- The Washington Times - Thursday, June 1, 2006

Chinese President Hu Jintao must be a very persuasive speaker. How else can one explain Washington’s conciliatory actions toward Beijing in the wake of Mr. Hu’s recent visit to the U.S.? Since that visit, the Bush administration has made several pro-China decisions in the areas of military cooperation, space exploration and economic policy that seem designed to bring the two competing world powers closer together.

This new “pro-engagement” approach differs greatly from previous statements made by Defense Secretary Donald Rumsfeld and Secretary of State Condoleezza Rice over the past year concerning Beijing’s global intentions. It also raises serious questions about the overall consistency and direction of the administration’s China policy.

In May, the head of U.S. Pacific forces, Adm. William Fallon, met with high-level Chinese officials and called for improved military ties as a way to promote “greater transparency.” During his four-city tour of China, the admiral endorsed joint military exercises between the two countries, saying, “It is high time we re-engage with the Chinese military. There are a lot of things we ought to be doing together.” To that end, the possibility of Chinese participation in U.S.-led military exercises with Pacific allies Australia, Japan and Singapore was raised and Chinese personnel were invited to observe U.S. military exercises next month near Guam.

The offer of greater military cooperation comes at a time when the Pentagon prepares to confront an increasingly dangerous and unpredictable China. In its just-released China Military Power Report, the Pentagon called on Beijing to explain the purpose of its accelerated military buildup and noted that the country’s rapid modernization had altered the military balance in the Asia-Pacific region. Only months before, the Pentagon’s Quadrennial Defense Review also described China as a potential military threat. According to a Defense Department report to Congress, China’s spending on defense in 2005 reached an estimated $90 billion, making the country one of the largest defense spenders in the world. Over the past decade, in fact, China’s military budget has grown by double digits.

The Bush administration said recently that it was more concerned with China’s military spending than the possibility of Russia’s President Vladimir Putin embarking on his own arms buildup. And with good reason: Several reports have noted the growing threat posed by China’s ballistic and cruise missile forces, rapidly modernizing submarine fleet and cyber-warfare technologies.

Just recently, Chinese researchers boasted that the country has developed technology that can detect and destroy the latest U.S. jet fighter, the F-22 (a radar-evading stealth fighter that entered service last year).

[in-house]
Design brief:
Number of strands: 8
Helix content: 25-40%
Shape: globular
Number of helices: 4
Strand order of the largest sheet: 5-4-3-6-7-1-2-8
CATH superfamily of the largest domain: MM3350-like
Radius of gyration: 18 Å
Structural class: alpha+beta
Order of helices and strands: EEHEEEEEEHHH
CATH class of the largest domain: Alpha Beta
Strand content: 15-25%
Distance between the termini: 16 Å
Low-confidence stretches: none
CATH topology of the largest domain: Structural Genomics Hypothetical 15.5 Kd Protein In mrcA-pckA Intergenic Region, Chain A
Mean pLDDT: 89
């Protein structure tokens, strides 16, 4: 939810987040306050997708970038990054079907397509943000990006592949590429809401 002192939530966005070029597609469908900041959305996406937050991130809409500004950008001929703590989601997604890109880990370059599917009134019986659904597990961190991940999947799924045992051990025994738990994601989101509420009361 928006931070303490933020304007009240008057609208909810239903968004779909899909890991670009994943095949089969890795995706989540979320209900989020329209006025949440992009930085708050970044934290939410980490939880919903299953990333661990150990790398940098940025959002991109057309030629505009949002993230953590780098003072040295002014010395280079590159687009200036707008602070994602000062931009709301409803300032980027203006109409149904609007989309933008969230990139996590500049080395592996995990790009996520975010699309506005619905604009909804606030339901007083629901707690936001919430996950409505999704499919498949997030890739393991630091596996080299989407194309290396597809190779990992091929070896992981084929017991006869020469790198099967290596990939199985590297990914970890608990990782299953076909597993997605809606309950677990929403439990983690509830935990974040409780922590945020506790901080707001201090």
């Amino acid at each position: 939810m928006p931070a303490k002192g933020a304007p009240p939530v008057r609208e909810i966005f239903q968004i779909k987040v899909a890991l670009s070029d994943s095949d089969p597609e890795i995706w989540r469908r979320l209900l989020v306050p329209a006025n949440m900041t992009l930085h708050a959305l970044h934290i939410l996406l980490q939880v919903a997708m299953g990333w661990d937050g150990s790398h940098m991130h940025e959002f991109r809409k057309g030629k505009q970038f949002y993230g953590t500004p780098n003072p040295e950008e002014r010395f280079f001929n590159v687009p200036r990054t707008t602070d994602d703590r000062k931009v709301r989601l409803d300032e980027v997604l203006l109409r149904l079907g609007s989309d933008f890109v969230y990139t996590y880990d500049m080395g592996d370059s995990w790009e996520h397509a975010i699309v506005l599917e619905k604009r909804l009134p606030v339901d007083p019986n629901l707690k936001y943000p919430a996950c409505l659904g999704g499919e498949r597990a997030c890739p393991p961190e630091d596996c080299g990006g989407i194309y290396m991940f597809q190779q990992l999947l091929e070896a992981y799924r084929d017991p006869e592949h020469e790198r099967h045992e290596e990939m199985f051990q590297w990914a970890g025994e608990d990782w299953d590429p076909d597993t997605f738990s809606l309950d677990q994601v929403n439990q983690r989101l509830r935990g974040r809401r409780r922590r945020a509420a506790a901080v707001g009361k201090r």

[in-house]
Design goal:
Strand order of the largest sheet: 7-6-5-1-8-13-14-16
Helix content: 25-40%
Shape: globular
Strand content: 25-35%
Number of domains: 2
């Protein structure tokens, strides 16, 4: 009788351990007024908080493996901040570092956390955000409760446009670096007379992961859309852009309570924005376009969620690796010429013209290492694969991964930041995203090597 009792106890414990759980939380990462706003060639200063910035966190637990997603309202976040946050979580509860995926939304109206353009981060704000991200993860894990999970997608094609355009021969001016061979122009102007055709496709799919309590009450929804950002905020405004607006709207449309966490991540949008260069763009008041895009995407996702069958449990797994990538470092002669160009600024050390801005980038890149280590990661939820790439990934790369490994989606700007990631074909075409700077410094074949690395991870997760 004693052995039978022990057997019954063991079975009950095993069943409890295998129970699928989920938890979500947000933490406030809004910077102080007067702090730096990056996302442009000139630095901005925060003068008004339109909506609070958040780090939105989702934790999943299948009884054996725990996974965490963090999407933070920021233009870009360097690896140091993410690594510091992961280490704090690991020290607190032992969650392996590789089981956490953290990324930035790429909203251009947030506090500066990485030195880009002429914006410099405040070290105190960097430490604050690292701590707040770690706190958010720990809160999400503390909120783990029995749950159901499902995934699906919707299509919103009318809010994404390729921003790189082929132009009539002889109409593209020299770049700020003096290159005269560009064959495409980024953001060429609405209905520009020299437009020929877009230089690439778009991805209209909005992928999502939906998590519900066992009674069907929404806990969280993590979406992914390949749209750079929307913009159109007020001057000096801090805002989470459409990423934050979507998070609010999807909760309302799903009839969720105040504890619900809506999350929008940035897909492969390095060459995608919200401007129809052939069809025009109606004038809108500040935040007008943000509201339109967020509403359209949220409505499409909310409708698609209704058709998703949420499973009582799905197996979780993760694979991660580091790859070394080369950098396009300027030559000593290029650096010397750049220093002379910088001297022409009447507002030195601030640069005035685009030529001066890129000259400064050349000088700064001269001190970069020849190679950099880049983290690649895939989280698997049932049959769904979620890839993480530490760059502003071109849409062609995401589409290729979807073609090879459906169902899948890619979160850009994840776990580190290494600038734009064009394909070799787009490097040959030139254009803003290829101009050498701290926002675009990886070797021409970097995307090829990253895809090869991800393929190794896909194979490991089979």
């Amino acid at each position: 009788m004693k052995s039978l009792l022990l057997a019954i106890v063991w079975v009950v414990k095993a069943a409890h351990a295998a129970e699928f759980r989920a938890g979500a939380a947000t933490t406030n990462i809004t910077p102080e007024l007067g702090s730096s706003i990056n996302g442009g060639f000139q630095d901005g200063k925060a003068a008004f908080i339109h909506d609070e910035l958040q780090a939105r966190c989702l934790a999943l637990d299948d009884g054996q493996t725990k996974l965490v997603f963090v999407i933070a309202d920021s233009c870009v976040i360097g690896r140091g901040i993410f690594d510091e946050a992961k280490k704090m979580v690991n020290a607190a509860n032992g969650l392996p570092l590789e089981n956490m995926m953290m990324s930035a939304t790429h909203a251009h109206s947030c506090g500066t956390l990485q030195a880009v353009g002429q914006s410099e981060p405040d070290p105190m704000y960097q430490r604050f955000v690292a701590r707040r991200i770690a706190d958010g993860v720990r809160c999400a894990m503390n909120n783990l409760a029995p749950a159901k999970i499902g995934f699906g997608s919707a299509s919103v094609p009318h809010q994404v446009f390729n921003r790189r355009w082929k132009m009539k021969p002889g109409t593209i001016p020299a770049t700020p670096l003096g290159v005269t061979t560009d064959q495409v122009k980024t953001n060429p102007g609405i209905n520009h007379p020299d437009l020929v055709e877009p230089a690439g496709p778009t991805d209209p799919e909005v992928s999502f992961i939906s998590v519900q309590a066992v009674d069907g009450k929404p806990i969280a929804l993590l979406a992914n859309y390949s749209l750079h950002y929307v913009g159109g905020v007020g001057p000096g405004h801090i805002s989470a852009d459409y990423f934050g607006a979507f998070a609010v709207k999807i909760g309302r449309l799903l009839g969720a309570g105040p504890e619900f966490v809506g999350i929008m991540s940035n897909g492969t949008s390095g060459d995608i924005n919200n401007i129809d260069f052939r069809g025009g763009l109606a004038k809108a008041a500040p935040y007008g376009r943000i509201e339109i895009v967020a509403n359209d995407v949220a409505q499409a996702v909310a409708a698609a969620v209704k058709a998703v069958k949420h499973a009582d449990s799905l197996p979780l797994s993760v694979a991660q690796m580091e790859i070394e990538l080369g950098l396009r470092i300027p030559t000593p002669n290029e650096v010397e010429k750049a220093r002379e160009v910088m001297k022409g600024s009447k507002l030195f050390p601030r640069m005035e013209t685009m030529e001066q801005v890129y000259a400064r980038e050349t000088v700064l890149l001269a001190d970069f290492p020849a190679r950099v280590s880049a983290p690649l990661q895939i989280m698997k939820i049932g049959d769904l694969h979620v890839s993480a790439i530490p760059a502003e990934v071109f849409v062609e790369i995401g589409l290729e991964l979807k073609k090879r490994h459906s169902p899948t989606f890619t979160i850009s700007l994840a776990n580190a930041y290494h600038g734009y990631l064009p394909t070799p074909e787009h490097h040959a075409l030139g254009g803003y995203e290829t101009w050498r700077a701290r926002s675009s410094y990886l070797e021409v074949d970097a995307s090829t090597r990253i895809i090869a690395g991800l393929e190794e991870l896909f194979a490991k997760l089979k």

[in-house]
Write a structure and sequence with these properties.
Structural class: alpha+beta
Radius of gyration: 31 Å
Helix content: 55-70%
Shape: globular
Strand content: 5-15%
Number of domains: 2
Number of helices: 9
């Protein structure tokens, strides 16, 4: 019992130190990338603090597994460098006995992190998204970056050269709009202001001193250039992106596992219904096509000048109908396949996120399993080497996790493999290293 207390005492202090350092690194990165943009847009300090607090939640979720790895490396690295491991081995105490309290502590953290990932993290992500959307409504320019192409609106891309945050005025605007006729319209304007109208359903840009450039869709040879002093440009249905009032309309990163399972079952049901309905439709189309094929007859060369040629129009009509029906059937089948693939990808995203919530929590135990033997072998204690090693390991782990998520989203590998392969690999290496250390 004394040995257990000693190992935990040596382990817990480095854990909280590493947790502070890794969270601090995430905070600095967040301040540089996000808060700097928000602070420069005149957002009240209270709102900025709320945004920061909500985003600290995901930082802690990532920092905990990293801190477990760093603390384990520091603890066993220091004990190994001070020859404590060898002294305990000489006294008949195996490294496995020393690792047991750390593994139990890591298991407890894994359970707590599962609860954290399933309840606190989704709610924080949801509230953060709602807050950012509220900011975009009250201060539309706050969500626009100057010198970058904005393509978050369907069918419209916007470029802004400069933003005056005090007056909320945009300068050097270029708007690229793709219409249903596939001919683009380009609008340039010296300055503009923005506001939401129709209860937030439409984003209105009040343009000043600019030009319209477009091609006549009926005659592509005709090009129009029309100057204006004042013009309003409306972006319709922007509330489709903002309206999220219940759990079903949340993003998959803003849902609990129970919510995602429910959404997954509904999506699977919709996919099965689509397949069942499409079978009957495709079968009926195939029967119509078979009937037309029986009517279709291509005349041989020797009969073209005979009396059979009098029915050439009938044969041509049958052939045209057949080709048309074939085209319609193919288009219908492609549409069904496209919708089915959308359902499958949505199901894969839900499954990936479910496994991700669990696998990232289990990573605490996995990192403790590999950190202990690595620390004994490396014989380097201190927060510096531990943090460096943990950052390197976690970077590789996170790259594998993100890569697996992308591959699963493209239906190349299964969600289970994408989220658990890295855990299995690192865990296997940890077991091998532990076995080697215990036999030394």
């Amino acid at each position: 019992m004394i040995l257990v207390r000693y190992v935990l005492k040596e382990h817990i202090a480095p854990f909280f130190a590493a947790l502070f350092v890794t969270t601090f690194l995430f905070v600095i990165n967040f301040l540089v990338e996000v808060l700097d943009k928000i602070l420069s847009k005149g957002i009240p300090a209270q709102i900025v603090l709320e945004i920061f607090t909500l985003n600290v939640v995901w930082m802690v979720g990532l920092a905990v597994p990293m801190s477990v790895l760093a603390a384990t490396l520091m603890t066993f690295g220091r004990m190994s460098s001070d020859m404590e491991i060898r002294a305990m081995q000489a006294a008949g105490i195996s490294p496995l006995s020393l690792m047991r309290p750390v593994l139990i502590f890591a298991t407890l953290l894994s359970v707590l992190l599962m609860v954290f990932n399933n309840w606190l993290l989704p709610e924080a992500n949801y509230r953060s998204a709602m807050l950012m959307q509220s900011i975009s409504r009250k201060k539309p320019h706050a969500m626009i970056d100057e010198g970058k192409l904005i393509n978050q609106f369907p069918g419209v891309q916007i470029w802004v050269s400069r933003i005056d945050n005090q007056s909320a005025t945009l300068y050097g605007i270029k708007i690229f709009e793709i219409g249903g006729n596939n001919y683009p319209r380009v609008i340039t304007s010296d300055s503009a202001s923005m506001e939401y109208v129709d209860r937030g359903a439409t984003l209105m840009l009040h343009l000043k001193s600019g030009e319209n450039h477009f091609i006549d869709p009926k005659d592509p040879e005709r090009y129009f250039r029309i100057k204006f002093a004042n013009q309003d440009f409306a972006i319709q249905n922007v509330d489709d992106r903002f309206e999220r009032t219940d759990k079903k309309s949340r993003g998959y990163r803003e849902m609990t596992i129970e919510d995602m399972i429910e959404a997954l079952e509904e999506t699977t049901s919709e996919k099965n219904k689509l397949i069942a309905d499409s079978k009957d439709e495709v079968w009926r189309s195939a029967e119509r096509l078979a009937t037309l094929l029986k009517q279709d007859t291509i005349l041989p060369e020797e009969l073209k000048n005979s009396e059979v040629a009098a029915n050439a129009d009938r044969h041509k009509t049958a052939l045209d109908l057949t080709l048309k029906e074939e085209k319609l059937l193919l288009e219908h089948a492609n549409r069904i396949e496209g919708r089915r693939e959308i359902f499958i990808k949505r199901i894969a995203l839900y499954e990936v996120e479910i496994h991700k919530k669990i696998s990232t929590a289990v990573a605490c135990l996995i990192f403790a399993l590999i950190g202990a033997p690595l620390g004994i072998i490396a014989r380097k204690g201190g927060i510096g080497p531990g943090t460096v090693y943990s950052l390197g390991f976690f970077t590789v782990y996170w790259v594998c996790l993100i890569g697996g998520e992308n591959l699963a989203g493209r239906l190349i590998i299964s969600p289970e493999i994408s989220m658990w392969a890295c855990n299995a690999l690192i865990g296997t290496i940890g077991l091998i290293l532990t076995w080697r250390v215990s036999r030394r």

John Tkacik, an Asia specialist with the Washington-based Heritage Foundation, views Adm. Fallon’s diplomatic efforts as naive; “Chinese leaders have no intention of diluting the opacity of their military buildup, and the admiral’s inability to get any this time, after several visits by several Pacific commanders over the past five years, strikes me as the triumph of hope over experience.”

In addition to joint military cooperation, the announcement last month by the Bush administration that the head of NASA, Michael Griffin, would travel to China to work on plans for a joint U.S.-China space mission, conflicts with past policy. The development of a space program is an important step for a developing country such as China. But many observers worry that China could use its newfound technological expertise to militarize space. Beijing has spent billions of dollars to develop a sophisticated satellite constellation designed specifically to collect and transmit data on the movements of U.S. military forces around the world.

Also, work on space and ground-based anti-satellite systems that can identify, track and destroy U.S. satellites is ongoing. As one Chinese general said, “The mastery of outer space will be requisite for military victory — a new frontier for combat.” And yet the Bush administration is now prepared to assist China’s space program. Why?

Finally, Washington has chosen to delay punitive economic sanctions against China over the undervalued yuan and the country’s unfair trade practices. The Bush administration has repeatedly ignored pleas from members of Congress and the U.S. business sector to formally accuse Beijing of being a “currency manipulator.” Then-Treasury Secretary John Snow said in early May that China’s currency position is a “matter of extreme urgency” and that the administration is “dissatisfied” with the slow and disappointing pace of reform of the Chinese exchange rate.

Several bills have been introduced in Congress to address the disparity; the most notable being a bill proposed by Chuck Schumer and Lindsey Graham that would levy a 27.5 percent tariff on all Chinese imports.

Almost everything Beijing has done over the past two decades, from Westernizing its economy to modernizing and streamlining its military to updating its infrastructure, has been undertaken to challenge America’s world authority. Open dialogue, while a precursor to normal relations, should be pursued carefully. Any discussions with Beijing should promote core Western values and fair market competition while also preserving America’s national security interests.

Beijing is using its growing influence and power for regime security. Washington must recognize this and fashion an appropriate response before moving forward.

Fred Stakelbeck Jr. is a foreign affairs analyst based in Philadelphia.


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